This put him in an excellent position to photograph the aftermath of America’s bloodiest day, the Battle of Antietam. On September 19, 1862, two days after the battle, Gardner became the first of Brady’s photographers to take images of the dead on the field. Over 70 of his photographs were displayed at Brady’s New York gallery. In reviewing the exhibit, the New York Times stated that Brady could “bring home to us the terrible reality and earnestness of war. If he has not brought bodies and laid them in our door-yards and along streets, he has done something very like it…” Unfortunately, Gardner’s name was not mentioned in the review.
Gardner’s work has often been misattributed to Brady, and despite his considerable output, historians have tended to give Gardner less than full recognition for his documentation of the Civil War. When Lincoln relieved McClellan from command of the Army of the Potomac in November 1862, Gardner’s role as chief army photographer was reduced. That winter, Gardner followed General Ambrose Burnside, photographing the Battle of Fredericksburg, Virginia, in December 1862. Next, he followed General Joseph Hooker.
In early 1863, when Brady refused to give Gardner public credit for his work, Gardner ended his working relationship with Matthew Brady. He and his brother James opened their studio at 7th and D Streets in Washington, D.C., hiring many of Brady’s former staff. He also continued to photograph the hostilities on his own. Organizing his corps of photographers, he led them to Gettysburg, Pennsylvania, to photograph the aftermath of that battle. He was briefly detained by Confederate forces on July 5, 1863, when he crossed their path at Emmitsburg, Maryland. He also led his group to the Siege of Petersburg, Virginia, from June 1864 to April 1865. All of his photographers received full credit for their work. Talented and vigorous cameraman Timothy O’Sullivan became head of his photographic corps while he remained in Washington through most of the last months of the war.
He also took what is considered to be the last photograph of President Abraham Lincoln just five days before his assassination on April 15, 1865. He documented Lincoln’s funeral and photographed the conspirators involved with John Wilkes Booth in Lincoln’s assassination. Gardner was the only photographer allowed at their execution by hanging, photographs of which would later be translated into woodcuts for publication in Harper’s Weekly magazine.
After the war, Brady established a gallery for Gardner in Washington, D.C., and Gardner was commissioned to photograph Native Americans who came to Washington. D.C. to discuss treaties.
When Matthew Brady petitioned Congress to buy his war photographs, Gardner presented a rival petition, claiming that he, not Brady, had originated the idea of providing the nation with a photographic history of the conflict. Congress eventually bought both collections.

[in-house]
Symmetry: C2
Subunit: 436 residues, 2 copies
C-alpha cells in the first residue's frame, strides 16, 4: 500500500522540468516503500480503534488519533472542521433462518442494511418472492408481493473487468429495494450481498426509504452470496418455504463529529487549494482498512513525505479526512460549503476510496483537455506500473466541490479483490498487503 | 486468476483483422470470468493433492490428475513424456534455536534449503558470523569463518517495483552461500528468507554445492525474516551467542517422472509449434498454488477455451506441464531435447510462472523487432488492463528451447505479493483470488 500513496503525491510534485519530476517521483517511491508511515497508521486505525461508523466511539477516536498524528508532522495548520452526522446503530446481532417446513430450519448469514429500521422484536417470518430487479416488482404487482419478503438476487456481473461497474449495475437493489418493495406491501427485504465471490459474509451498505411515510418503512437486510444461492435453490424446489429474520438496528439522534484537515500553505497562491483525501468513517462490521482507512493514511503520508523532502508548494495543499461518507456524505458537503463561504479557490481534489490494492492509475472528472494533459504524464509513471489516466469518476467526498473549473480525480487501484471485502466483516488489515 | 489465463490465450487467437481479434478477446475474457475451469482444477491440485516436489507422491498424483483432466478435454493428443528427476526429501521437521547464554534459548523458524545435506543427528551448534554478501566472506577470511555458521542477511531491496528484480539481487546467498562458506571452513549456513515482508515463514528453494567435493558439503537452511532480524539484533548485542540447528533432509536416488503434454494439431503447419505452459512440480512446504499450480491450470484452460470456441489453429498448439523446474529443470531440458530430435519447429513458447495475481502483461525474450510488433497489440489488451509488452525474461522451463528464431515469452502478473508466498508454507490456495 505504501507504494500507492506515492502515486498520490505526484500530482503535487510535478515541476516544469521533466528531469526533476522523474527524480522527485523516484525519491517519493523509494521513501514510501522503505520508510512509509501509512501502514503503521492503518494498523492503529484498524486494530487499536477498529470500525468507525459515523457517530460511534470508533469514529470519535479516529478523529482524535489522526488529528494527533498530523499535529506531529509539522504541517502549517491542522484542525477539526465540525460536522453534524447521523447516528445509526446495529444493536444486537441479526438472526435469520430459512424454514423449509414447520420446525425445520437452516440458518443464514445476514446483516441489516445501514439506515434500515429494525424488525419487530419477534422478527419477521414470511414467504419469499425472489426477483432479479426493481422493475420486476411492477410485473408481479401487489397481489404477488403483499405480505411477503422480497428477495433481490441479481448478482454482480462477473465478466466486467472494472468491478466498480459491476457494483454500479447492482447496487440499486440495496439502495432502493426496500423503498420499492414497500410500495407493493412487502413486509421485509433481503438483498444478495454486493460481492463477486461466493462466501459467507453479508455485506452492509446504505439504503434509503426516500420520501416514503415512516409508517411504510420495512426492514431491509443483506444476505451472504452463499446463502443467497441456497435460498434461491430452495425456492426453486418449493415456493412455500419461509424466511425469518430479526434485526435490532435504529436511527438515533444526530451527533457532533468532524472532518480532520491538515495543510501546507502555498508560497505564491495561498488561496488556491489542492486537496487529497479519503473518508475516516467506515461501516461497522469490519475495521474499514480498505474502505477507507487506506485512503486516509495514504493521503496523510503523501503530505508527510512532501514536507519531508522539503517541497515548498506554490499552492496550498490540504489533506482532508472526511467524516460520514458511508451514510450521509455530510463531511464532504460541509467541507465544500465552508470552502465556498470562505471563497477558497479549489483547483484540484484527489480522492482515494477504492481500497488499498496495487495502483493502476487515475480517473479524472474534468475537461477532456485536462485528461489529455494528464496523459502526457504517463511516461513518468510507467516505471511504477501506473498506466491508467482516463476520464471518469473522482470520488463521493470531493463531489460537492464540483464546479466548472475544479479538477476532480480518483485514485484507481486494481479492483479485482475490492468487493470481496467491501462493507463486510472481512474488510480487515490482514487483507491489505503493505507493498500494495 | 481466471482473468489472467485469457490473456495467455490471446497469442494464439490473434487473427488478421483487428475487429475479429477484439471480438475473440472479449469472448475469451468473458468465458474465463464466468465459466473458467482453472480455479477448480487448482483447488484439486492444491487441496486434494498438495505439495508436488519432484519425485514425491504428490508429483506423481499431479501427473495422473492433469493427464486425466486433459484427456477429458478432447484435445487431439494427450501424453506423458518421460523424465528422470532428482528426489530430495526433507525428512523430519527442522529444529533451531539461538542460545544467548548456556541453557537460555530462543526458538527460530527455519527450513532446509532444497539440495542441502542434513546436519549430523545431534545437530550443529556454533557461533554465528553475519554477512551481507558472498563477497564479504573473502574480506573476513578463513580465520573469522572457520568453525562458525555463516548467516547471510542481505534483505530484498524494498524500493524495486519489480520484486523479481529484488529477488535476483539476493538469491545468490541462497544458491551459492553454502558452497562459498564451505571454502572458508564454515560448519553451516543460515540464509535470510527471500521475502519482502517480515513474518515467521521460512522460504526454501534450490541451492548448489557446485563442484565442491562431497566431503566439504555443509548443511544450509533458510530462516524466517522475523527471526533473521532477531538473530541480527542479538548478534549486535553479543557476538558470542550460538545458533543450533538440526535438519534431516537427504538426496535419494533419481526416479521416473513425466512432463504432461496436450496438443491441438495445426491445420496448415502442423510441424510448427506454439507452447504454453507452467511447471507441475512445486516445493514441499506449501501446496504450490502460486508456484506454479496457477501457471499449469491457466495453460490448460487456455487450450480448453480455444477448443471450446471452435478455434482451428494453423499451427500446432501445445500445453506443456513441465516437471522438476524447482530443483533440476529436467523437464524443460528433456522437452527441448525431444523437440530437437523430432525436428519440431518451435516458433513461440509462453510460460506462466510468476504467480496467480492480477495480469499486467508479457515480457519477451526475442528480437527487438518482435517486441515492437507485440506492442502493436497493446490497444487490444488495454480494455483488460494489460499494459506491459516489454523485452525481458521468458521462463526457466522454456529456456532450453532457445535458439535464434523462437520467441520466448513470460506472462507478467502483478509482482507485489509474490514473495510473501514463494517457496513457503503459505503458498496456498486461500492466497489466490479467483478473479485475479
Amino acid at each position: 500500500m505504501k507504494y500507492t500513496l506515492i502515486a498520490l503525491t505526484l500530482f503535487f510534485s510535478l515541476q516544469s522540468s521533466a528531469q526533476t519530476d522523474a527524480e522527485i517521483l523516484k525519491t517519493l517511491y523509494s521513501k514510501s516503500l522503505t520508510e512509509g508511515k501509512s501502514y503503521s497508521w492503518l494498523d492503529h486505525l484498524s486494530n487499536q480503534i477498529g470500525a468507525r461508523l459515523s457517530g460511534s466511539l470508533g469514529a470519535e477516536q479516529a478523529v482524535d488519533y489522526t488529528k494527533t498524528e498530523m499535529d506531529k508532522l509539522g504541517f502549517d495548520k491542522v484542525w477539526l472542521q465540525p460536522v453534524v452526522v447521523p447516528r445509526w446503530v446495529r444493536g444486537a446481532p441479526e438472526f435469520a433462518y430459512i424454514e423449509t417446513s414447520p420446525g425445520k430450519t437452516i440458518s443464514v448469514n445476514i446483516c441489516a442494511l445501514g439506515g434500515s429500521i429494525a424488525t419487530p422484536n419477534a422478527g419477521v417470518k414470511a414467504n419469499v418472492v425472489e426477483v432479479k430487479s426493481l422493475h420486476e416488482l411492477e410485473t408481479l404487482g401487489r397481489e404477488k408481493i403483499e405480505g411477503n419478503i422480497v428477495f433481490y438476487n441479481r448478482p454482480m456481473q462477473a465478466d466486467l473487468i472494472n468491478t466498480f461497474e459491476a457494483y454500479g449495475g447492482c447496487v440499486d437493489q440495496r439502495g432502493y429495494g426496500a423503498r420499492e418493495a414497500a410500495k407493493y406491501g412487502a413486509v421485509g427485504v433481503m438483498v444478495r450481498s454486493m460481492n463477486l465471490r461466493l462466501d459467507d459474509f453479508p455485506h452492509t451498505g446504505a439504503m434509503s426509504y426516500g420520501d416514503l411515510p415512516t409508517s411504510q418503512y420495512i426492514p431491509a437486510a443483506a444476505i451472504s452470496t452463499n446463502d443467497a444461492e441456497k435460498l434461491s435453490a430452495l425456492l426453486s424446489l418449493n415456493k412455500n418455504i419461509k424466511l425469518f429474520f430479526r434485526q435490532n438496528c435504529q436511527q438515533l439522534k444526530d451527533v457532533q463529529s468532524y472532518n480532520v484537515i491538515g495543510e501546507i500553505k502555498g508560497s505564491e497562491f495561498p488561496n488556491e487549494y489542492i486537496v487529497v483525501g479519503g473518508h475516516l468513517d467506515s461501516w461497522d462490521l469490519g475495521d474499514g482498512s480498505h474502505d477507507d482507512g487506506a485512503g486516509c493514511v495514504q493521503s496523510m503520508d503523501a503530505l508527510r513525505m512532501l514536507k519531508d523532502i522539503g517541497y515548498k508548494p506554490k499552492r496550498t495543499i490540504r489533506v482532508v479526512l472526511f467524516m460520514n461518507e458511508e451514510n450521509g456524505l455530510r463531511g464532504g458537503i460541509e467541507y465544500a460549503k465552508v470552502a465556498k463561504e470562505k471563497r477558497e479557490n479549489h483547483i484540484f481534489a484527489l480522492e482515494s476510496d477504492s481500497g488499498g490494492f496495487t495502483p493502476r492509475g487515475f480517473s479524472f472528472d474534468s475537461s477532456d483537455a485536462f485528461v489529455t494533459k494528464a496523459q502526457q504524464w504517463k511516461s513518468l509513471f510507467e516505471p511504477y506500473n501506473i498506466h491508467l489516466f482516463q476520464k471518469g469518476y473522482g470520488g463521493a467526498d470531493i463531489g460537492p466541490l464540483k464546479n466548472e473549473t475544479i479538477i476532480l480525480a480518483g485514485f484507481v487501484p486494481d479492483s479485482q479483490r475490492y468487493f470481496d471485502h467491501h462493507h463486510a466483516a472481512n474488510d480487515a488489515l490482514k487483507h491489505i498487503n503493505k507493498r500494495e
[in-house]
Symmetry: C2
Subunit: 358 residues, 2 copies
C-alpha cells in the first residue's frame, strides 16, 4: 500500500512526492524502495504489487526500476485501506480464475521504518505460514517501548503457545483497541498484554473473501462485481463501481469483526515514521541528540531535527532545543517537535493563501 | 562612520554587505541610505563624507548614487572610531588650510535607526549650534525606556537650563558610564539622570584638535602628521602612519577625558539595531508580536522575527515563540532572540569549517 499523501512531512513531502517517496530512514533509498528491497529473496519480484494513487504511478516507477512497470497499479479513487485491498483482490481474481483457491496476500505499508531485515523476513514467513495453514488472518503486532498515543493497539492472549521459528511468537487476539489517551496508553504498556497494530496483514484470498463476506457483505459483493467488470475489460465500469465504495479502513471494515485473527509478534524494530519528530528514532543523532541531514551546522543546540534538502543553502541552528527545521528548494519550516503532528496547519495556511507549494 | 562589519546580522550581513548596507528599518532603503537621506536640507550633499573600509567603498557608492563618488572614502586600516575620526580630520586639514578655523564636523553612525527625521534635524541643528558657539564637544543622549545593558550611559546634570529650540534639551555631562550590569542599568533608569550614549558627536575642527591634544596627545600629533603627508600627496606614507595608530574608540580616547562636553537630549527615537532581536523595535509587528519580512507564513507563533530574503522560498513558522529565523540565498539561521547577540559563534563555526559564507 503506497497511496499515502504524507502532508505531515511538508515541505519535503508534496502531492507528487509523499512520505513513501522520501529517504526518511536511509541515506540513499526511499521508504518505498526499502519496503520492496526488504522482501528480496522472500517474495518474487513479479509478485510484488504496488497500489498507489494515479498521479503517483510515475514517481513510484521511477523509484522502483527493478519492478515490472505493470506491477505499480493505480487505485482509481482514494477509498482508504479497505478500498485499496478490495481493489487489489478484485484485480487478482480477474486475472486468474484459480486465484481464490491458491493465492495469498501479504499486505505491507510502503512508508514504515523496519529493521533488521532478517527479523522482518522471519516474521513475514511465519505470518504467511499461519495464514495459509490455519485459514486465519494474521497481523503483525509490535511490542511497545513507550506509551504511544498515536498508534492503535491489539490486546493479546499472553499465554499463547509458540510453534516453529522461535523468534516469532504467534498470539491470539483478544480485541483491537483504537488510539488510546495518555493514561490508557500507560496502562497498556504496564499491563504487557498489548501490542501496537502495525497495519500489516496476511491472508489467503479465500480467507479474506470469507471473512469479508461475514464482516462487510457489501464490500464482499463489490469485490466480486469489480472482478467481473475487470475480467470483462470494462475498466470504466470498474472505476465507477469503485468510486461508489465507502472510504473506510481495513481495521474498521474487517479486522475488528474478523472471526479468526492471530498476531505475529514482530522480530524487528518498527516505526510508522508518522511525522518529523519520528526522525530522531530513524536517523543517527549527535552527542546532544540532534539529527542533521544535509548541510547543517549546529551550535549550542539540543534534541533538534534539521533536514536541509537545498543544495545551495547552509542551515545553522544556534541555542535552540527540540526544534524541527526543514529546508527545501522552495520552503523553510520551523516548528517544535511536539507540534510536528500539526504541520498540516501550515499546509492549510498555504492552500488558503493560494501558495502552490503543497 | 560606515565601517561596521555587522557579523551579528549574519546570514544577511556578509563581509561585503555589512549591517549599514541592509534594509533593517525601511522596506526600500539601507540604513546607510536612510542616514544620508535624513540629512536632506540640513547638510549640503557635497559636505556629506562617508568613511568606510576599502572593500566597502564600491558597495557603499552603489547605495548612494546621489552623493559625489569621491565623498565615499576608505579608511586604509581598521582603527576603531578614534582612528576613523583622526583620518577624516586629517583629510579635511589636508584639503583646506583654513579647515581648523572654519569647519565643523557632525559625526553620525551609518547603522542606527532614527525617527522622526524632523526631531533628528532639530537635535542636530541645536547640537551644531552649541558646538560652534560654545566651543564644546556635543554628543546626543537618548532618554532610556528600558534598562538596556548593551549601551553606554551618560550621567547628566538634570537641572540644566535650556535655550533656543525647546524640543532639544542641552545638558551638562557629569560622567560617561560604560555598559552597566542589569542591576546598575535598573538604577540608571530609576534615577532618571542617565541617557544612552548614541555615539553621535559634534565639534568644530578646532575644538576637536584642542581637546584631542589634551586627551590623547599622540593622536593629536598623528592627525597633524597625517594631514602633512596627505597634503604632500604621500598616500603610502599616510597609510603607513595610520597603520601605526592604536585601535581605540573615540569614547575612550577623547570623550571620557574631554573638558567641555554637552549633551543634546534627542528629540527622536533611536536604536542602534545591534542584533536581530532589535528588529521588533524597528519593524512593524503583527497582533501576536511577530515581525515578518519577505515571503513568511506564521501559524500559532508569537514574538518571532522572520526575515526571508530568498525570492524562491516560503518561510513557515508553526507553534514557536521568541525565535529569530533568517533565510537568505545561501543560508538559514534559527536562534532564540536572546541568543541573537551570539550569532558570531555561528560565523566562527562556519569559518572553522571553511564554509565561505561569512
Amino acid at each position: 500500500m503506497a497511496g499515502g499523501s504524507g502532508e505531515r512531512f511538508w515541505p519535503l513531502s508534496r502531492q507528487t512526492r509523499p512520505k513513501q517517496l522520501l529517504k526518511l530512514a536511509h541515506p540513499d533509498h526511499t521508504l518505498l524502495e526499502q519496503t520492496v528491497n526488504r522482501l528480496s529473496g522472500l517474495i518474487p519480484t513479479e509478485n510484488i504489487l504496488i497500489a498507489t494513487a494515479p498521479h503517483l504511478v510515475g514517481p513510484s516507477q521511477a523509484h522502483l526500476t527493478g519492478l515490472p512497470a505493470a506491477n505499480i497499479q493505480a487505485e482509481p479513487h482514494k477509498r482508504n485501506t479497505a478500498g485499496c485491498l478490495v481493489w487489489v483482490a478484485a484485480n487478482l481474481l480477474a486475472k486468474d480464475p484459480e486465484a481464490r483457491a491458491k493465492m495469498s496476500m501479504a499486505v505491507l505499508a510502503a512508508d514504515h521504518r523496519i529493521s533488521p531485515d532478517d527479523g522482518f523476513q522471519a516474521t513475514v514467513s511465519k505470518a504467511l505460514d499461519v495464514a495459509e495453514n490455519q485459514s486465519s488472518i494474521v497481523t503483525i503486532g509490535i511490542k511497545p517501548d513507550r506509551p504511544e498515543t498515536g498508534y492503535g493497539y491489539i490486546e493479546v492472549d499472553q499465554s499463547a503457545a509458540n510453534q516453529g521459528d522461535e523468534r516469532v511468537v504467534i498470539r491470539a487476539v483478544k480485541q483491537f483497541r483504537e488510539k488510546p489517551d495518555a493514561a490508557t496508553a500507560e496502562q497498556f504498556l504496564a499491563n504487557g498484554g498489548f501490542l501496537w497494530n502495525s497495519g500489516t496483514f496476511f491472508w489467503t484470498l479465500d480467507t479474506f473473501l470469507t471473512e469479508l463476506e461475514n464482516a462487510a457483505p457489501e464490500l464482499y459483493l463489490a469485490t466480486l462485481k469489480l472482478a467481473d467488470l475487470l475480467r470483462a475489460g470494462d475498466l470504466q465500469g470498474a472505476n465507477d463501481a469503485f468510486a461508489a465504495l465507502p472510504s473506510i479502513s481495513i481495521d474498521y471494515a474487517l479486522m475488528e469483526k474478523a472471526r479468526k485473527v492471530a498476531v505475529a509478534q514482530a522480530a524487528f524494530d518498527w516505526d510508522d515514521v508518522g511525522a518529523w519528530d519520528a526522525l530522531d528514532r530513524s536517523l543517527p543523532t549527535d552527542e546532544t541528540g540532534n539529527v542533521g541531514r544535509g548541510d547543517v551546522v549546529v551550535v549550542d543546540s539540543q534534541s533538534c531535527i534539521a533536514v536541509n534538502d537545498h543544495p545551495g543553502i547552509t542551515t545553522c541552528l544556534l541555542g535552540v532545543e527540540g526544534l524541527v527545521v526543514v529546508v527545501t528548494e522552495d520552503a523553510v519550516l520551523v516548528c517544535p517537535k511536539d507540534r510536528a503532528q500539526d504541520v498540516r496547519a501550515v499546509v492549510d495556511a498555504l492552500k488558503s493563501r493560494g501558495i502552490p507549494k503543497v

In 1866, Gardner published a two-volume work, Gardner’s Photographic Sketch Book of the Civil War. Each volume contained 50 hand-mounted original prints. Not all photographs were Gardner’s; he credited the negative producer and the positive print printer. As the employer, Gardner owned the work produced. The sketchbook contained work by Timothy H. O’Sullivan, James F. Gibson, John Reekie, William Pywell, his brother James Gardner, John Wood, George N. Barnard, David Knox, and David Woodbury, among others. Unfortunately, his venture was a commercial failure as Americans were more concerned with forgetting the Civil War than looking at his views of ruined buildings, shattered bridges, and corpse-strewn battlefields. Today, this extremely rare work is hailed as a photographic masterpiece.
He was the first to compile a “rogues gallery” for the Washington D.C. police.
In 1867, Gardner was appointed the official photographer of the Union Pacific Railroad, documenting the building of the railroad in Kansas as well as the numerous Native American tribes he encountered. He closed his studio then and went West, photographing the developing frontier. Visiting Arizona and working out of Abilene and Hays, Kansas, he produced 150 construction images on the Union Pacific Railroad for the line’s use in engineering and promotion work.
After 1871, Gardner gave up photography and helped to found an insurance company.
In the late fall of 1882, with failing health, he died on December 10, 1882, at his home in Washington, D.C. His wife and two children survived him. He was buried in the local Glenwood Cemetery.
In 1893, photographer J. Watson Porter, who had worked for Gardner years before, tracked down hundreds of glass negatives made by Gardner that had been left in an old house in Washington where Gardner had lived. The result was a story in the Washington Post and renewed interest in Gardner’s photographs.
In the 1960s, photographic analysis suggested that Gardner had manipulated the setting of at least one of his Civil War photos by moving a soldier’s corpse and weapon into more dramatic positions. Some experts acknowledged the manipulation of photographic settings. However, in the early years of photography, the practice was not frowned upon.